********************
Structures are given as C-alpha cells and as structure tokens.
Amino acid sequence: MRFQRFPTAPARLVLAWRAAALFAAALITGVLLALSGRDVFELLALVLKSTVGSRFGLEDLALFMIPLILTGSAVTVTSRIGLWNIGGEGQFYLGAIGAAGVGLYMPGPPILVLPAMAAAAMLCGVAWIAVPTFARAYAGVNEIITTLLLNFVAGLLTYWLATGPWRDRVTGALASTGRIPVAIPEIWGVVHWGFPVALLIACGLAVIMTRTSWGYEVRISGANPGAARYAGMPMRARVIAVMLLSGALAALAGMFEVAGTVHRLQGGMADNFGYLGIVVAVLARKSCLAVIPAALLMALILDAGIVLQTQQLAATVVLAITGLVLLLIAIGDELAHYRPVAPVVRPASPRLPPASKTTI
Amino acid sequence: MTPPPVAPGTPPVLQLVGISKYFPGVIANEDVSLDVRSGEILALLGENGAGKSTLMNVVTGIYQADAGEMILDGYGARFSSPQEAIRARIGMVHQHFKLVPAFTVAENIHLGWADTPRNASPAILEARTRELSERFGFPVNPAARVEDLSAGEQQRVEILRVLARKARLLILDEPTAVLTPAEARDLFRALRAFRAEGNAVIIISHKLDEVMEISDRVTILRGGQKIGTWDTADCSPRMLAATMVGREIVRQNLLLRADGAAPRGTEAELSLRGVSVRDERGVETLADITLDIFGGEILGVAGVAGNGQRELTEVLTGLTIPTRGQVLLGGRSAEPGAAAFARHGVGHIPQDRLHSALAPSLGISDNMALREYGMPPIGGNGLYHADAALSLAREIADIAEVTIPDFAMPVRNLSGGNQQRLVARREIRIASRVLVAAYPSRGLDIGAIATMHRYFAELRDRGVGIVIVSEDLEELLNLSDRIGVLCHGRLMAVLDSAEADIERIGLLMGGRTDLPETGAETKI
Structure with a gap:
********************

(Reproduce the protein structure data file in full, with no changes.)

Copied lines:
Structures are given as C-alpha cells and as structure tokens.
Amino acid sequence: MRFQRFPTAPARLVLAWRAAALFAAALITGVLLALSGRDVFELLALVLKSTVGSRFGLEDLALFMIPLILTGSAVTVTSRIGLWNIGGEGQFYLGAIGAAGVGLYMPGPPILVLPAMAAAAMLCGVAWIAVPTFARAYAGVNEIITTLLLNFVAGLLTYWLATGPWRDRVTGALASTGRIPVAIPEIWGVVHWGFPVALLIACGLAVIMTRTSWGYEVRISGANPGAARYAGMPMRARVIAVMLLSGALAALAGMFEVAGTVHRLQGGMADNFGYLGIVVAVLARKSCLAVIPAALLMALILDAGIVLQTQQLAATVVLAITGLVLLLIAIGDELAHYRPVAPVVRPASPRLPPASKTTI
Amino acid sequence: MTPPPVAPGTPPVLQLVGISKYFPGVIANEDVSLDVRSGEILALLGENGAGKSTLMNVVTGIYQADAGEMILDGYGARFSSPQEAIRARIGMVHQHFKLVPAFTVAENIHLGWADTPRNASPAILEARTRELSERFGFPVNPAARVEDLSAGEQQRVEILRVLARKARLLILDEPTAVLTPAEARDLFRALRAFRAEGNAVIIISHKLDEVMEISDRVTILRGGQKIGTWDTADCSPRMLAATMVGREIVRQNLLLRADGAAPRGTEAELSLRGVSVRDERGVETLADITLDIFGGEILGVAGVAGNGQRELTEVLTGLTIPTRGQVLLGGRSAEPGAAAFARHGVGHIPQDRLHSALAPSLGISDNMALREYGMPPIGGNGLYHADAALSLAREIADIAEVTIPDFAMPVRNLSGGNQQRLVARREIRIASRVLVAAYPSRGLDIGAIATMHRYFAELRDRGVGIVIVSEDLEELLNLSDRIGVLCHGRLMAVLDSAEADIERIGLLMGGRTDLPETGAETKI
Structure with a gap: